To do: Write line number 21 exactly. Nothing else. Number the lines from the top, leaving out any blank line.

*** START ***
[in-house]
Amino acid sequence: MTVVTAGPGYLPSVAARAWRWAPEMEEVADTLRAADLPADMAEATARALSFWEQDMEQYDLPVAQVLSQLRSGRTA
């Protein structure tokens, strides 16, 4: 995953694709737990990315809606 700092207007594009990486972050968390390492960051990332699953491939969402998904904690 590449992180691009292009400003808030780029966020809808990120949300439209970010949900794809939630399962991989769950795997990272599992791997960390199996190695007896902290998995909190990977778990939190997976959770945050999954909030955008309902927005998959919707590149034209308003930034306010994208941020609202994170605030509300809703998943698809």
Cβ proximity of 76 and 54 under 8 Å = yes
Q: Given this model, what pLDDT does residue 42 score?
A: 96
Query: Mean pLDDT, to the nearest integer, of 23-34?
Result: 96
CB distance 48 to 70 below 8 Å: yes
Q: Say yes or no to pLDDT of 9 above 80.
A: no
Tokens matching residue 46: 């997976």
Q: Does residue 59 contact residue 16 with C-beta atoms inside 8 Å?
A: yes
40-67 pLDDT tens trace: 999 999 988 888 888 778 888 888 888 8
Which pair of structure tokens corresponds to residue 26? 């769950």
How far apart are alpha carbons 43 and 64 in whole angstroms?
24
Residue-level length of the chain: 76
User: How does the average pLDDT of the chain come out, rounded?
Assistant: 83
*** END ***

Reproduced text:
Assistant: 83